The committee subsequently recommended that lawmakers require patients to be told that balance billing is possible, but did not recommend a ban, which Senator Duncan says would have been unfair to physicians.

"If you just ban balance billing, then basically you place the providers there in an inferior position when bargaining for health plans contracts," he said. "We didn't think that was fair."

The committee's recommendations also would increase transparency in the health care system through implementation of a process for disseminating real data on prices of health care services by geographic region. The committee also would grant the Texas Department of Insurance authority to set network adequacy standards.

The report said lawmakers should look into allowing hospitals to negotiate with health plans on behalf of their hospital-based physicians and requiring hospitals and their hospital-based physicians to contract with the same health plans. It also said the legislature should encourage the use of "smart cards" for providers to ascertain enrollees' coverage levels, network status, and health plan specifics that could help decrease balance billing.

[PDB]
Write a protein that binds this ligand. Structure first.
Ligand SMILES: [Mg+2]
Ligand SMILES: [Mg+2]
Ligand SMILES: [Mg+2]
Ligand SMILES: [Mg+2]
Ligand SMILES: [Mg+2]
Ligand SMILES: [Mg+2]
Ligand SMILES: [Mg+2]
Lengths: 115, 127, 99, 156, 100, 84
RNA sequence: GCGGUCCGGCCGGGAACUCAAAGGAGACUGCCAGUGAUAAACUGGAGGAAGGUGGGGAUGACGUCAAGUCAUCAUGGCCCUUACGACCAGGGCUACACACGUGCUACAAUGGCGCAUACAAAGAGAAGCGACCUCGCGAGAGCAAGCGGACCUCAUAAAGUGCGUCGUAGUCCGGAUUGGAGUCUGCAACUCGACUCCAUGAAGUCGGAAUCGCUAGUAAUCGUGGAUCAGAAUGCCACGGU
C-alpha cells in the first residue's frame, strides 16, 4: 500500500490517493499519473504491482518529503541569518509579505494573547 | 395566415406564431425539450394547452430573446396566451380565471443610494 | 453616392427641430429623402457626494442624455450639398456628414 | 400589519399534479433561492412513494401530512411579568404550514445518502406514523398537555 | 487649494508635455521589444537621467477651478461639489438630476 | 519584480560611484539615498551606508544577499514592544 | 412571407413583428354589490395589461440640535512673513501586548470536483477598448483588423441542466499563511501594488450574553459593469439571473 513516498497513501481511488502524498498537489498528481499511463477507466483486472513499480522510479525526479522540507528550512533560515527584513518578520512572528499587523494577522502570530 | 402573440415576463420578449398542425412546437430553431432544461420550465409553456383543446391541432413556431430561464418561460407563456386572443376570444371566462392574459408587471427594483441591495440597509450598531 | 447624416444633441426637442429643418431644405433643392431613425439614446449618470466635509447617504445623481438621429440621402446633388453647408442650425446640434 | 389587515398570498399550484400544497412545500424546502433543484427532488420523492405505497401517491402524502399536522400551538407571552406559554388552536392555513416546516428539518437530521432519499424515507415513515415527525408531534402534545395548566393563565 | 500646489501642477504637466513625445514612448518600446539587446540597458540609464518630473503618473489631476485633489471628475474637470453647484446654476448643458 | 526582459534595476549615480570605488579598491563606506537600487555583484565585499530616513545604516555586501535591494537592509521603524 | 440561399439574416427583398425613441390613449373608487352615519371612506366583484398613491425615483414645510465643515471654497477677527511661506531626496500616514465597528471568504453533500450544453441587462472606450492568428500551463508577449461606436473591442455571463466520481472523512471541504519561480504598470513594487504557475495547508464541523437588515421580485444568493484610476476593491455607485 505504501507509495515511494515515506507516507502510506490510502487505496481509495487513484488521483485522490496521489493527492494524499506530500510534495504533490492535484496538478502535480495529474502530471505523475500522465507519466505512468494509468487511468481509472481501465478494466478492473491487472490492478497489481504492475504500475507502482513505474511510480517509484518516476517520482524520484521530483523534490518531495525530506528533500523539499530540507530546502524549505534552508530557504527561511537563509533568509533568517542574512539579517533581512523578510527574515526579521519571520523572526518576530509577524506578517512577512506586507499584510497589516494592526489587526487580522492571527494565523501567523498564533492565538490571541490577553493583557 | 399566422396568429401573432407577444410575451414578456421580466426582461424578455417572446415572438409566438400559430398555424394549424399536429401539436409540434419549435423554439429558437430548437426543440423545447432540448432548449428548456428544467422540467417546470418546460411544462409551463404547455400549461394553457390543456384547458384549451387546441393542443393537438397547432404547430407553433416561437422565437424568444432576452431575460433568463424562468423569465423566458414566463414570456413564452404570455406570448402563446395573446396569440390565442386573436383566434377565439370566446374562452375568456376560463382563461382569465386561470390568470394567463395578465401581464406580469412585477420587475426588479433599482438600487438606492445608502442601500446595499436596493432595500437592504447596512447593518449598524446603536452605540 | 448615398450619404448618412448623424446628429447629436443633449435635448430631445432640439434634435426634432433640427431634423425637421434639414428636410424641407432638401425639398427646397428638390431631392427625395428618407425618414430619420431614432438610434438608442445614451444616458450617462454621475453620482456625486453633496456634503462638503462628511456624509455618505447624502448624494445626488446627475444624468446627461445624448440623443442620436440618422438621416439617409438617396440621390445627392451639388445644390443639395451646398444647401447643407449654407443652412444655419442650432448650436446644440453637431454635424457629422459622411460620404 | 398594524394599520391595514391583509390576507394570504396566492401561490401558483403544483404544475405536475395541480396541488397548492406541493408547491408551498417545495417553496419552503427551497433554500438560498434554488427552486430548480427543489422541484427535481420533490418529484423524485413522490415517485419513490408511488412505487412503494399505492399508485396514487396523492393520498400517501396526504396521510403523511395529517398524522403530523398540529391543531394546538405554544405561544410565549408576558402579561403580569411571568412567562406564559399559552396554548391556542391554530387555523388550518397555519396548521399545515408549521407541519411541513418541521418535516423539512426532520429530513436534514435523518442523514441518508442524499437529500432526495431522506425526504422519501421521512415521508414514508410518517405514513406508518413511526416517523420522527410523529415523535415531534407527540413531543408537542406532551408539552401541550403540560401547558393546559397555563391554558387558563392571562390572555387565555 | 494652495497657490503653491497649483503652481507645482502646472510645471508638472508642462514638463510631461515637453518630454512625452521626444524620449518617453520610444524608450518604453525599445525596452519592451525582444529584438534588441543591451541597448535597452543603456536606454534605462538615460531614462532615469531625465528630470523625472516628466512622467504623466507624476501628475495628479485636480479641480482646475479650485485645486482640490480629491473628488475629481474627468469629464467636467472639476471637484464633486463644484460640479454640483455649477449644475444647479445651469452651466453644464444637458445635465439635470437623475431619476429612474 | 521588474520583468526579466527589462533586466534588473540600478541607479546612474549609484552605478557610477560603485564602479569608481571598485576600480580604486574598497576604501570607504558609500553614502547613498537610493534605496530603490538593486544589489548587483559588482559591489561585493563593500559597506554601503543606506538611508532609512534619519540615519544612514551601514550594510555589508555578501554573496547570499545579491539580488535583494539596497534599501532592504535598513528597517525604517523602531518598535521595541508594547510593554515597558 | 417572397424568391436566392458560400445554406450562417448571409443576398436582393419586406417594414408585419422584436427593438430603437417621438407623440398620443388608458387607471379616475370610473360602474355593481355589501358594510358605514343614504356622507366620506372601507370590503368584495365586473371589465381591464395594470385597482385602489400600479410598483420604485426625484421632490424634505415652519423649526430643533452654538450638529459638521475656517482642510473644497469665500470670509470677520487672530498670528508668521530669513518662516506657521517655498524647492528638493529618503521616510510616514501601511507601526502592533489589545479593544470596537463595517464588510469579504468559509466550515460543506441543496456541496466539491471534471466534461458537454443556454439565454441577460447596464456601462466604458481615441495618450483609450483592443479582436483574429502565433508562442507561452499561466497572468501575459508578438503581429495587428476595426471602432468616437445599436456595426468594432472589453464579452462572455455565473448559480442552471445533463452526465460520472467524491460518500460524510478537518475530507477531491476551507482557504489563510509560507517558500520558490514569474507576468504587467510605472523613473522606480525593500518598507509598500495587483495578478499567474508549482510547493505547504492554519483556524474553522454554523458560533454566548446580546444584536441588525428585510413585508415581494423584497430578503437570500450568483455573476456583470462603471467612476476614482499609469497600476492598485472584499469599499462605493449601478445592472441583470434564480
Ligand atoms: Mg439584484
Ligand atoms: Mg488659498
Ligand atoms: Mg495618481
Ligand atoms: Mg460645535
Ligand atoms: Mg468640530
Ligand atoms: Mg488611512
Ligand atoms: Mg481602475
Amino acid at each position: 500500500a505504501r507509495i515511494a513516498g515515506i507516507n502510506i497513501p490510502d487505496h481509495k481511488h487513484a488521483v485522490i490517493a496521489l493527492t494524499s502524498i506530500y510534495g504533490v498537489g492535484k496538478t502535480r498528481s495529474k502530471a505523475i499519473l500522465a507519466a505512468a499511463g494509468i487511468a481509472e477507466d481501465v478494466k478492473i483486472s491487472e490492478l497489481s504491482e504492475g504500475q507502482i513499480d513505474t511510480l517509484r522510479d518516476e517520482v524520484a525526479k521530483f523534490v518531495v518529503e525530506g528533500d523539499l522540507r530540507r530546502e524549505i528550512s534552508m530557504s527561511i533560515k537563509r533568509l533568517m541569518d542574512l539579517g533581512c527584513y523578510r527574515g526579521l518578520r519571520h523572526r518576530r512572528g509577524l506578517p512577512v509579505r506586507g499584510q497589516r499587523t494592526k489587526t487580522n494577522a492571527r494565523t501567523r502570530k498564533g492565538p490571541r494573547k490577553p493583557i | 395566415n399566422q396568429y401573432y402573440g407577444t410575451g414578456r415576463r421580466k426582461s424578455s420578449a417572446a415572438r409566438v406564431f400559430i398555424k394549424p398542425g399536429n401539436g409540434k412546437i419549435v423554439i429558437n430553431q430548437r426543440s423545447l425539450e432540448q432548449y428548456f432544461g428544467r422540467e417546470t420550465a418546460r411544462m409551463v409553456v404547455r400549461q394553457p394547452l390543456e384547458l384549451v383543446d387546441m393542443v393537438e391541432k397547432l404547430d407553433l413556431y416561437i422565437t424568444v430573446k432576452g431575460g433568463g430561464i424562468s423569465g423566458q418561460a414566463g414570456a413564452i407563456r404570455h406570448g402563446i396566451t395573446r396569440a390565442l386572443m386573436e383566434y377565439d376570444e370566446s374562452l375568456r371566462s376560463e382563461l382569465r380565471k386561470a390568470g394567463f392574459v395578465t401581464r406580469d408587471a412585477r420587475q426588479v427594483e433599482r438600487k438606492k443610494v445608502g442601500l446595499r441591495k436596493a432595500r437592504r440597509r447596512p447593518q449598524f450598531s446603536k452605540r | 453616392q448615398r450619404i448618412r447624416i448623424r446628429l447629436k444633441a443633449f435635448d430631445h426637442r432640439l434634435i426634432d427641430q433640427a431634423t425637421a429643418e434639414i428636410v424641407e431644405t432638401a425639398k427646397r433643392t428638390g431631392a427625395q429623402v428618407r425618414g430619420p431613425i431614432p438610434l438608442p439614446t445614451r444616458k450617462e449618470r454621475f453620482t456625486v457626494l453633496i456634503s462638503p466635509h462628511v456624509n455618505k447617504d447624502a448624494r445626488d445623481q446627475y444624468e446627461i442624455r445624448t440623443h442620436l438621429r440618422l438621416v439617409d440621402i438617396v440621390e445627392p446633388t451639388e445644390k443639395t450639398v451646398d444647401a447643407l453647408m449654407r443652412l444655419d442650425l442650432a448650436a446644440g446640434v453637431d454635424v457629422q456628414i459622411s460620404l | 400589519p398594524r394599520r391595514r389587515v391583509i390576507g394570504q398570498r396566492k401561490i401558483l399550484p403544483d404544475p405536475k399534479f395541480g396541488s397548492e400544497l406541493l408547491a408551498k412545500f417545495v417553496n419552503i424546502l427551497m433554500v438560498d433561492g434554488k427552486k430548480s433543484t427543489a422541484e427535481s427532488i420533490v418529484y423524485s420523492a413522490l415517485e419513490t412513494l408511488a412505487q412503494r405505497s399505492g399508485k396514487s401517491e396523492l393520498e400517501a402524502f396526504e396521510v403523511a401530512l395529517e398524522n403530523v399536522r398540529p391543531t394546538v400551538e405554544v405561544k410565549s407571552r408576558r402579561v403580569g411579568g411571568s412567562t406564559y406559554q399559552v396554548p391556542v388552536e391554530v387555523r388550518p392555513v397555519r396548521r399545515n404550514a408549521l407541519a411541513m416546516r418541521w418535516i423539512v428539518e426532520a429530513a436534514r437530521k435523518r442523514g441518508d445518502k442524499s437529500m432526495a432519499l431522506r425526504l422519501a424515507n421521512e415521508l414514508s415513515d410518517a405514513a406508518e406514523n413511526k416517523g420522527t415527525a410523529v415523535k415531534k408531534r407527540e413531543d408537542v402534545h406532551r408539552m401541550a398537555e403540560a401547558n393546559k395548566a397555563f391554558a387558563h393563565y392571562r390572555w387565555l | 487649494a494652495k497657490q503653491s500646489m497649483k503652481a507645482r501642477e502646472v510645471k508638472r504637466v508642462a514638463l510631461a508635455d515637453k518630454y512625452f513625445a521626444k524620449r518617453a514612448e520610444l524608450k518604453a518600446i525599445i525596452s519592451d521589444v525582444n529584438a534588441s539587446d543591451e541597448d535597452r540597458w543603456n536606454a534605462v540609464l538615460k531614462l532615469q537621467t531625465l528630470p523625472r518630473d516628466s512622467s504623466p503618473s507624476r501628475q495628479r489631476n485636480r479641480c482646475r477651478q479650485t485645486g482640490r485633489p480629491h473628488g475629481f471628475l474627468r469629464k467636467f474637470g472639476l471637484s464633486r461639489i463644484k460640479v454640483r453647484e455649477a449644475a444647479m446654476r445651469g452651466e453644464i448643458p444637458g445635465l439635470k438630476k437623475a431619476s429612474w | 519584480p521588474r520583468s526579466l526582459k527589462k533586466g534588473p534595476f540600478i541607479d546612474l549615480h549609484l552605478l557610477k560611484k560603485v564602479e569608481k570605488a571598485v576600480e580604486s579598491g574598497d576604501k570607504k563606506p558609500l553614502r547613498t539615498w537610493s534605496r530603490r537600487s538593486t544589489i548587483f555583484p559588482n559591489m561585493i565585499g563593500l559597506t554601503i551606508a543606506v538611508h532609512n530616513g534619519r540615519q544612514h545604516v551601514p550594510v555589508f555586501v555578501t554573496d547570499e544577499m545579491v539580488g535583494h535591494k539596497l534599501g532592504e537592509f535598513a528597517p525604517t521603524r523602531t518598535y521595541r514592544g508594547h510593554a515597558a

TMA President-Elect William W. Hinchey, MD, says most of the recommendations look good in principle, but physicians cannot support giving hospitals the right to negotiate for them.

"All the plans would have to do is hold off and team up with the hospitals," said Dr. Hinchey, a San Antonio pathologist. "It puts any physician group that provides services to a hospital - whether it's pathologists, radiologists, emergency room doctors, anesthesiologists, hospitals, intensivists - at a real competitive disadvantage." 

Putting Patients First  

While TMA generally supports most of the State Affairs Committee recommendations, the association has endorsed legislation by state Rep. Patrick Rose (D-Dripping Springs). Dubbed the "Putting Patients Before Profits Health Insurance Reform Act," the measure sets clear standards for network adequacy and the percentage of premium dollars that must go toward patient care.